Vader is then focused to strike, and destroys the Hit and Run objective. The DS dial moves up to 6.

Star Wars LCG

LS player refreshes and plays Luke Skywalker, who is immediately focused to strike at The Ghosts of the Dark Side. With no defenders, the attack goes through unopposed, but the DS player did play Heat of Battle in the edge stack, so Luke suffers one point of damage.

Star Wars LCG

Turn Four

The DS player remains in a very strong position, with another Sith Library allowing for six resources per phase. A Nightsister is brought out, and Vader is enhanced with his Lightsaber. He then plays a Force Choke to deal damage to Luke, dealing an additional damage thanks to Vader’s ability, which the LS player deflects to one of the Believers with Lightsaber Deflection. The Nightsister and Vader are then focused to strike at the Forgotten Heroes objective, dealing four damage thanks to the unopposed bonus. The Nightsister is committed to the Force to deal the final point of damage to the objective, claiming it for the DS.

Things aren’t looking that great for the LS!

Star Wars LCG

The turn begins with a Dagobah training grounds, finally giving some much needed resources. Yoda comes out for the LS as well, and as a final shot, he plays a Jedi Mind Trick on Vader to add an additional focus token to the Dark Lord. Luke is focused to strike and does so unopposed, destroying the Ghosts of the Dark Side objective for the second card. Yoda and the remaining Believer are committed to the Force to bring the balance of the Force to the light side.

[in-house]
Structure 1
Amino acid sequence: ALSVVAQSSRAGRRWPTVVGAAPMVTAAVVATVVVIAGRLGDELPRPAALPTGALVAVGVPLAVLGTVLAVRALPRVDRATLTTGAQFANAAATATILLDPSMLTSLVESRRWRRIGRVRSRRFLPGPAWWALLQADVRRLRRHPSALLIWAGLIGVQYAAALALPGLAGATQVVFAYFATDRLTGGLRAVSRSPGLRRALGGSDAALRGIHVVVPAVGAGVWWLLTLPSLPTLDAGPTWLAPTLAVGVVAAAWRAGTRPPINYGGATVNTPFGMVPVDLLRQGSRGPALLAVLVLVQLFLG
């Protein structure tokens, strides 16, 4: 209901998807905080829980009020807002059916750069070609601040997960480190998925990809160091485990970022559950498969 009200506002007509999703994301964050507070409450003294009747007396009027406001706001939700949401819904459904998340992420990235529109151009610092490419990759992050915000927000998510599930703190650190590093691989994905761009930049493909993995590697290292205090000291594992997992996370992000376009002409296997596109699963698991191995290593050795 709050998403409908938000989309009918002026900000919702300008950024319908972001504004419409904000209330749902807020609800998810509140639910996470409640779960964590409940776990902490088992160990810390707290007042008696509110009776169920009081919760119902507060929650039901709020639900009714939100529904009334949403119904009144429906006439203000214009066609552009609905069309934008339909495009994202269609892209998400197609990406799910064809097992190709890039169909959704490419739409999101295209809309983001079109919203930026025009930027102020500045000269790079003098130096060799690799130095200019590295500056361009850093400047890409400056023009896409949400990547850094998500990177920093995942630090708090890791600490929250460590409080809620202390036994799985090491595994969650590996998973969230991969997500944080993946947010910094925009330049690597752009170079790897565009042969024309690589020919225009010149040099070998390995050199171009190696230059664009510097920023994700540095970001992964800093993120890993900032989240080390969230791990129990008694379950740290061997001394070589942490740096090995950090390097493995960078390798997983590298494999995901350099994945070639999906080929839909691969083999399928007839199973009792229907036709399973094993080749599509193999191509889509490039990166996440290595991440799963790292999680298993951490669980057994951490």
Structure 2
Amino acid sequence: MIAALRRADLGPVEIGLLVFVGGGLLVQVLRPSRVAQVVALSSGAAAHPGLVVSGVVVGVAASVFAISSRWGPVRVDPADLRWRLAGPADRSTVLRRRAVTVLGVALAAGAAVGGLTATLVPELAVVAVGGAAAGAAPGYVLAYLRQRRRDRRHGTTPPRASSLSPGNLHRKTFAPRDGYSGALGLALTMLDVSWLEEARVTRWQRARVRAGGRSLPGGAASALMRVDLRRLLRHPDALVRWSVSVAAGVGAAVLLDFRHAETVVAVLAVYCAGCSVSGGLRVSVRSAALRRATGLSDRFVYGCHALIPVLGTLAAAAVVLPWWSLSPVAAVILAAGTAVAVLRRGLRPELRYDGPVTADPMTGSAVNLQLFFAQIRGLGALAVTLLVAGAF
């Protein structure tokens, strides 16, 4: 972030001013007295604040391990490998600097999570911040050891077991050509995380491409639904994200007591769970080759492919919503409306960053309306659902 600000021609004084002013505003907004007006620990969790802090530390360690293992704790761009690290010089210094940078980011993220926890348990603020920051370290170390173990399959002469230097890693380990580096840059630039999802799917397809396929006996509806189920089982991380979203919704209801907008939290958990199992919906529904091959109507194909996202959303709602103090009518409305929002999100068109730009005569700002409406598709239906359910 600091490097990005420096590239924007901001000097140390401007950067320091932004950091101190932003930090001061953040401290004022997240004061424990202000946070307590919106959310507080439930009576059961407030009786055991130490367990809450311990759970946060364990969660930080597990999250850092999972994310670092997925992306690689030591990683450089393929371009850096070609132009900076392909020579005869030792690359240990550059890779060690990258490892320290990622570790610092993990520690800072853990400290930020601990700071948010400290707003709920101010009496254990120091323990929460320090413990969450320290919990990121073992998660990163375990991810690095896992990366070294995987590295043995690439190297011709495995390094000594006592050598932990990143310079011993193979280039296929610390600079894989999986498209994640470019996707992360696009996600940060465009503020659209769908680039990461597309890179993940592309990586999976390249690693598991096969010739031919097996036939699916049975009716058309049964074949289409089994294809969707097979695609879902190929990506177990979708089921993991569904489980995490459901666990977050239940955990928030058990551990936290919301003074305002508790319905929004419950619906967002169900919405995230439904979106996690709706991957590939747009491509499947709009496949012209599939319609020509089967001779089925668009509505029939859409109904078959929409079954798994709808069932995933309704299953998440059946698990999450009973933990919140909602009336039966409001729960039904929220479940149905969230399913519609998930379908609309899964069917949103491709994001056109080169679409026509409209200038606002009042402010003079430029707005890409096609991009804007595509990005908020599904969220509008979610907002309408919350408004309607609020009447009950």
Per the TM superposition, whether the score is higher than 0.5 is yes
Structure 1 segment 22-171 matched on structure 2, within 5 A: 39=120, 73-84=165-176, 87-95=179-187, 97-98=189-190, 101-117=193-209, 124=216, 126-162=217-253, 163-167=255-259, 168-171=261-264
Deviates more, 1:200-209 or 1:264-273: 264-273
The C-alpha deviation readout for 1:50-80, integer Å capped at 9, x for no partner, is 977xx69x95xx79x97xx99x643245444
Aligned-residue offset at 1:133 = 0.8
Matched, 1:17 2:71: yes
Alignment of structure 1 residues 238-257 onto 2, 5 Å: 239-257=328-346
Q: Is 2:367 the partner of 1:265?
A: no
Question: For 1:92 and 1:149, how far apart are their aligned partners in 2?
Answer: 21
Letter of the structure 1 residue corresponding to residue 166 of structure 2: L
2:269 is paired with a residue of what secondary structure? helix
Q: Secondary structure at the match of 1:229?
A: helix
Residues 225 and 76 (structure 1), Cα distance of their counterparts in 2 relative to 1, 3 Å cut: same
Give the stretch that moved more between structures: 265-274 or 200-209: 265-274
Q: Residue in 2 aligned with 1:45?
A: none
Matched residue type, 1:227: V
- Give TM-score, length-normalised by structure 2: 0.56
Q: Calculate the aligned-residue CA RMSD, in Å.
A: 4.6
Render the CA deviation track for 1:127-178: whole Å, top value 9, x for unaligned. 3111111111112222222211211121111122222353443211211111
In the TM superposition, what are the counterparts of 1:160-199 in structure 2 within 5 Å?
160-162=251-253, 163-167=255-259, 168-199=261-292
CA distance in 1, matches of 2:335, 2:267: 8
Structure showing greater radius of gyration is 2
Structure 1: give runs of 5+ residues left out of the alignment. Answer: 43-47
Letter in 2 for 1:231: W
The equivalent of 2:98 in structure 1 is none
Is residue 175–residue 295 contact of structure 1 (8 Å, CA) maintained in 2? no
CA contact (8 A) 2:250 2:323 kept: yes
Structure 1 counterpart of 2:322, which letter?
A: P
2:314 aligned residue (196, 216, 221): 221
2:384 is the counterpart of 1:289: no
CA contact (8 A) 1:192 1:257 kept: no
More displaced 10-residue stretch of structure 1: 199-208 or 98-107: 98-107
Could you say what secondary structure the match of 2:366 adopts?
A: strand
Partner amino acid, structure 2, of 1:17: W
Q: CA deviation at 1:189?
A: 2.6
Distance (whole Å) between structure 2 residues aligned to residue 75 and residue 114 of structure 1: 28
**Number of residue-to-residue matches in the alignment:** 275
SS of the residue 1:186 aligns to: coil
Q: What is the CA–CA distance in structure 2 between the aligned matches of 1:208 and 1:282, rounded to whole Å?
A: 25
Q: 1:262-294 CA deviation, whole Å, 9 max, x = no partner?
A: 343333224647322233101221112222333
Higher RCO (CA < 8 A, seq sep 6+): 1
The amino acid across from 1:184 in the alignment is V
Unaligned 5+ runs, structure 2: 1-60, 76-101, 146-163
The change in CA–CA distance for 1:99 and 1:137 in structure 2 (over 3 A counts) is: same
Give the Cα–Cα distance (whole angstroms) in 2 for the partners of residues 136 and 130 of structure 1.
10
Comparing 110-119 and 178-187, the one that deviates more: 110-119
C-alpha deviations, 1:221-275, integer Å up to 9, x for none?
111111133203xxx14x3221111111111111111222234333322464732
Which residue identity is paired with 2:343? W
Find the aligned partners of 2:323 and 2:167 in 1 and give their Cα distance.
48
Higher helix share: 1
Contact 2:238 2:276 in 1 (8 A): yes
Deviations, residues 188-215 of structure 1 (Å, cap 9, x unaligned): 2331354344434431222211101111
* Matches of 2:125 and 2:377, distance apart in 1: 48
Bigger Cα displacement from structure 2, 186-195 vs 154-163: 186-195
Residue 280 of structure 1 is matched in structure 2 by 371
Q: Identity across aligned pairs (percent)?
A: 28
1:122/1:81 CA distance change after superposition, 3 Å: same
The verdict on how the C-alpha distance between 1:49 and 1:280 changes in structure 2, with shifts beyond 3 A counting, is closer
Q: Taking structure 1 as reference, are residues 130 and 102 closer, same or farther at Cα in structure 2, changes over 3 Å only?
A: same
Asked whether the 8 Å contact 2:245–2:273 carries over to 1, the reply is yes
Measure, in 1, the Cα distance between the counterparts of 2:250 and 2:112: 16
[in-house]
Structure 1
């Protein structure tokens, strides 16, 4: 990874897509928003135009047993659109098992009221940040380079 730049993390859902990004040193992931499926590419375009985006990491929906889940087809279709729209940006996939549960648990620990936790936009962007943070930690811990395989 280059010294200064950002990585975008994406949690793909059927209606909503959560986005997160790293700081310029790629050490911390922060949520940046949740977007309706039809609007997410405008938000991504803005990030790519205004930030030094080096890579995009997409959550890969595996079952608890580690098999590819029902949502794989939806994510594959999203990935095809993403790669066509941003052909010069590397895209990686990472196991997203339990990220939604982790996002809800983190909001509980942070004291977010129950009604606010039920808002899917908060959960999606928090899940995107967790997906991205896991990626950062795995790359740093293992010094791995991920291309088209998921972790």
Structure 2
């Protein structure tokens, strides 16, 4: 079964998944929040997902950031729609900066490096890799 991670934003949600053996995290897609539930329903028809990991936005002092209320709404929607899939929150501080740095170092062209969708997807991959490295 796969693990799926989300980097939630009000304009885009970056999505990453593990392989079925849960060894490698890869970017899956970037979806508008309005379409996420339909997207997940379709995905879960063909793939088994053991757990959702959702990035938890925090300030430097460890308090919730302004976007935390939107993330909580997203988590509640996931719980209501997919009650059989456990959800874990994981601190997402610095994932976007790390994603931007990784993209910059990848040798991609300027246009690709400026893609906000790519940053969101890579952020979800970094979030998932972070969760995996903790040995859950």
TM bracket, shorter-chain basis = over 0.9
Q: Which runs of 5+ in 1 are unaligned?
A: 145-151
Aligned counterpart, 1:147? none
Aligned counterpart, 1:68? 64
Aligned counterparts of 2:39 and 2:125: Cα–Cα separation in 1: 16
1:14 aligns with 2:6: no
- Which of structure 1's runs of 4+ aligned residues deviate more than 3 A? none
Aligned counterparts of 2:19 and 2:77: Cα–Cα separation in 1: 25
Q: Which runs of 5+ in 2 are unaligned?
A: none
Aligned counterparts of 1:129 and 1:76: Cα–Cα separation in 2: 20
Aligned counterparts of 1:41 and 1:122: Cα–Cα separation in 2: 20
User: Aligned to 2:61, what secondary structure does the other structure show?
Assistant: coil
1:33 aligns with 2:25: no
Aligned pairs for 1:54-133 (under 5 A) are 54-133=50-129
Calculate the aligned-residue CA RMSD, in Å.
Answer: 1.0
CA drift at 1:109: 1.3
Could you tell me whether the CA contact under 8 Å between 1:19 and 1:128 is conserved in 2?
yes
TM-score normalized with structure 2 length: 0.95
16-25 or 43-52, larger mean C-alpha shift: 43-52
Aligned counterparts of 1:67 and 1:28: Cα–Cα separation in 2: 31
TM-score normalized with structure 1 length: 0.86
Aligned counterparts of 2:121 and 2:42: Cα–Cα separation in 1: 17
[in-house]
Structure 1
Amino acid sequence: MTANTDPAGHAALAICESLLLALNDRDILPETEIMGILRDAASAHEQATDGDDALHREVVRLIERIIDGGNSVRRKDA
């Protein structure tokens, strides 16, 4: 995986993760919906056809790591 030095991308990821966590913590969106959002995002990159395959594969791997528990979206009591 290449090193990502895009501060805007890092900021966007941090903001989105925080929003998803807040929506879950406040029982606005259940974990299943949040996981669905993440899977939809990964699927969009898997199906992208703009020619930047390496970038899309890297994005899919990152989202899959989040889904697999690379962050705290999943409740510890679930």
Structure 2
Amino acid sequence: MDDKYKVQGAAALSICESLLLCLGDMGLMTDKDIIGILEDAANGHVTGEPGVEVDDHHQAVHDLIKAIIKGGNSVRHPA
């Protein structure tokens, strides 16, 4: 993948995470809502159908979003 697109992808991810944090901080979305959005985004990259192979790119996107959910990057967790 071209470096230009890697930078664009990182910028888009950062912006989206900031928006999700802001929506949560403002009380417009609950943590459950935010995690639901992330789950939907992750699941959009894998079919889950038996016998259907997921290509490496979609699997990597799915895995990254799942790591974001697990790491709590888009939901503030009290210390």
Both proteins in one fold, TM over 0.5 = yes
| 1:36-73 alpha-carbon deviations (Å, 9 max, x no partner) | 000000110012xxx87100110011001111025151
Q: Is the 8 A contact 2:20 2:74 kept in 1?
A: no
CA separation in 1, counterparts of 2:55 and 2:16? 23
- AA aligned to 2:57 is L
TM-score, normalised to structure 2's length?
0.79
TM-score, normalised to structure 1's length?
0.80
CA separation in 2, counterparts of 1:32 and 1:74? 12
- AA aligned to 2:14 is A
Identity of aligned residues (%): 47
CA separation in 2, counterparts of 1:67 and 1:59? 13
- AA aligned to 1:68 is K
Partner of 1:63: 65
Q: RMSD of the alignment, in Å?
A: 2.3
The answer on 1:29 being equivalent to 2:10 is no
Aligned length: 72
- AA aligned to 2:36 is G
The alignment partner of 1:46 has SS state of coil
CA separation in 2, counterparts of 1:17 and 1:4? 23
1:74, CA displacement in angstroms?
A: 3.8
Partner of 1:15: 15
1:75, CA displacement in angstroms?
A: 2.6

Turn Five

The DS player draws Palpatine, and actually has the resources to play him, but decides instead to bring out another Force Wraith and a Dark Side Apprentice, to apply further pressure. The DS Apprentice and Force Wraith are focused to strike, and two damage is dealt to the Jedi Training objective, plus a bonus one for unopposed. The DS player then plays another Force Choke to deal 1 damage to Yoda, and kills him off with Vader’s ability.

The Force Wraith is then committed to the Force and, thanks to clearing away Yoda, and the fact the Wraith counts his icons in the Force struggle even when exhausted, the balance of the Force swings back to the DS.

It all comes down to this!